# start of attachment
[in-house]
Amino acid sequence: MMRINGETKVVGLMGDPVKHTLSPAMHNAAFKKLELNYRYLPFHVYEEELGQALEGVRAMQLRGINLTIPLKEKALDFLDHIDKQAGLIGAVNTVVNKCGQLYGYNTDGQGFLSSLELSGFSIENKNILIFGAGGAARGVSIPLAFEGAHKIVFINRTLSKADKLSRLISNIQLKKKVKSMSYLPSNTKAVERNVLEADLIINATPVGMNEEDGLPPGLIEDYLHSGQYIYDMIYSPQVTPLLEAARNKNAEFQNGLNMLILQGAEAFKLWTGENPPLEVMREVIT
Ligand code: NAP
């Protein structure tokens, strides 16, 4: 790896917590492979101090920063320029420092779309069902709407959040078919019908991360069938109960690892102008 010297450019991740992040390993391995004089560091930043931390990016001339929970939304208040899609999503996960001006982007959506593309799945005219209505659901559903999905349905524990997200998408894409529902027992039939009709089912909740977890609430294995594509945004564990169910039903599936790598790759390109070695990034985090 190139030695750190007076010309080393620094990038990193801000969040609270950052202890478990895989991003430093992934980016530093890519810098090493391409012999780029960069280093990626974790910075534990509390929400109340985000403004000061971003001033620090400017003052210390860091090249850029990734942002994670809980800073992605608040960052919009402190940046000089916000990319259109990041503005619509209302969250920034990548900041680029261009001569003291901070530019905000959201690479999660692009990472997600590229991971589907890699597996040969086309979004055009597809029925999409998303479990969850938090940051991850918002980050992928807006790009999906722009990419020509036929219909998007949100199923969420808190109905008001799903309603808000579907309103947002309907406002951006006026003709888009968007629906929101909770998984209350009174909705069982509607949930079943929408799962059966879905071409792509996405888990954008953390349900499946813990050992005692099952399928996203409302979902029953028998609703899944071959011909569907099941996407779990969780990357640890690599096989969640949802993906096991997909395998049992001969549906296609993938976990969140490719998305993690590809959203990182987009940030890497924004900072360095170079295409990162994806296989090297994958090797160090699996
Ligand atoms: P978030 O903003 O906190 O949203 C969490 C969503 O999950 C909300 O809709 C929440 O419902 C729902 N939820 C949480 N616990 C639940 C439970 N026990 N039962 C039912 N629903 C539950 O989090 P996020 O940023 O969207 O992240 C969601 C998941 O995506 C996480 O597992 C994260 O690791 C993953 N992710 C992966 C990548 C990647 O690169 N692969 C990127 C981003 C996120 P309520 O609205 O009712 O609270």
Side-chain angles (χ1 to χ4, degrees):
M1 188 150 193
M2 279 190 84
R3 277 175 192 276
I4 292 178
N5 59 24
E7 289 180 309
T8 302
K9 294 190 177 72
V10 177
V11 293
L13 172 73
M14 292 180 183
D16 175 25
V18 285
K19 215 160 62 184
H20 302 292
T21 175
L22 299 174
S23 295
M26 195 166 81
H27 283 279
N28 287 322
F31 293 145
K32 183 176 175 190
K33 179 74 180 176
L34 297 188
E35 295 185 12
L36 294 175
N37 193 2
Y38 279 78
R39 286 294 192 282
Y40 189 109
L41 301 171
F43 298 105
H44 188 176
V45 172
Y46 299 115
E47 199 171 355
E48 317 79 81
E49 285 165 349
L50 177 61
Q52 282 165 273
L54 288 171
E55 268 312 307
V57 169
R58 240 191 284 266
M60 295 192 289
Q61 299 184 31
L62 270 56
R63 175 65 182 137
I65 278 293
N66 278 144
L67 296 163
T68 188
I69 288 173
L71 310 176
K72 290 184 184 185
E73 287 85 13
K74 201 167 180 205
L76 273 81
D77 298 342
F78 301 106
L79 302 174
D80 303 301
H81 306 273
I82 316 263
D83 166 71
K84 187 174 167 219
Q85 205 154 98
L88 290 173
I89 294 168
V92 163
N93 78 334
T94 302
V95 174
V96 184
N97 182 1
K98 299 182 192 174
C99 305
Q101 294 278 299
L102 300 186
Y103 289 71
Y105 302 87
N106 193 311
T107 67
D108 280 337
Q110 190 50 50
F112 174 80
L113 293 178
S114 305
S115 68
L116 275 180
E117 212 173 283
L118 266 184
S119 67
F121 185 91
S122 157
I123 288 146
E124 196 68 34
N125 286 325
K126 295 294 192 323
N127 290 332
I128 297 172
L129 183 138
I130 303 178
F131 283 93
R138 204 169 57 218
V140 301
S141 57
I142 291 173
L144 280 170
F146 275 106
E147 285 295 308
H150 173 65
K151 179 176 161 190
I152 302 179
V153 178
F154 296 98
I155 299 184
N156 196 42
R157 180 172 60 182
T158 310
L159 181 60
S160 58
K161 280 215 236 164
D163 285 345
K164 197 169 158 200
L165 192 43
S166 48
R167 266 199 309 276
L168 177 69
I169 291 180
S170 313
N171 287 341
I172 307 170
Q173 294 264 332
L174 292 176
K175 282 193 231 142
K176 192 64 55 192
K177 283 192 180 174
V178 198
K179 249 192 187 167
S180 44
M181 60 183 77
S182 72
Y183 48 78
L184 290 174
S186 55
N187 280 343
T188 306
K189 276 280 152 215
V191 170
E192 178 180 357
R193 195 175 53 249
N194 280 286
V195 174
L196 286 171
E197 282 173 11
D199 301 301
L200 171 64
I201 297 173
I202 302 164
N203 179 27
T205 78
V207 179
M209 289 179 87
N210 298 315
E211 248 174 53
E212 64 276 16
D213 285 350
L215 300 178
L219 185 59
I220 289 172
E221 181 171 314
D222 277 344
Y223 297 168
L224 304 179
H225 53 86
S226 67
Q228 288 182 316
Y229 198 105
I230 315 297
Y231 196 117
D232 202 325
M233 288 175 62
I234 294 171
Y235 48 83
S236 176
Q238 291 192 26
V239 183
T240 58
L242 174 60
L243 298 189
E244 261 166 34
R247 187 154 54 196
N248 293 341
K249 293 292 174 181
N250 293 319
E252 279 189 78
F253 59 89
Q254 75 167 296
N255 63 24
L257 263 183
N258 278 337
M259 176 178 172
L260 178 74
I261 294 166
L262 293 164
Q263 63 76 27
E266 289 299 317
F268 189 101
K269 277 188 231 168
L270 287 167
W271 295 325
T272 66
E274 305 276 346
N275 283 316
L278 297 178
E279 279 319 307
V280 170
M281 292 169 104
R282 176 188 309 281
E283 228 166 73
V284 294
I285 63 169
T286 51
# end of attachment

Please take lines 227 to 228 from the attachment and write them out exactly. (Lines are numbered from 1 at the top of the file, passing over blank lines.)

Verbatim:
M281 292 169 104
R282 176 188 309 281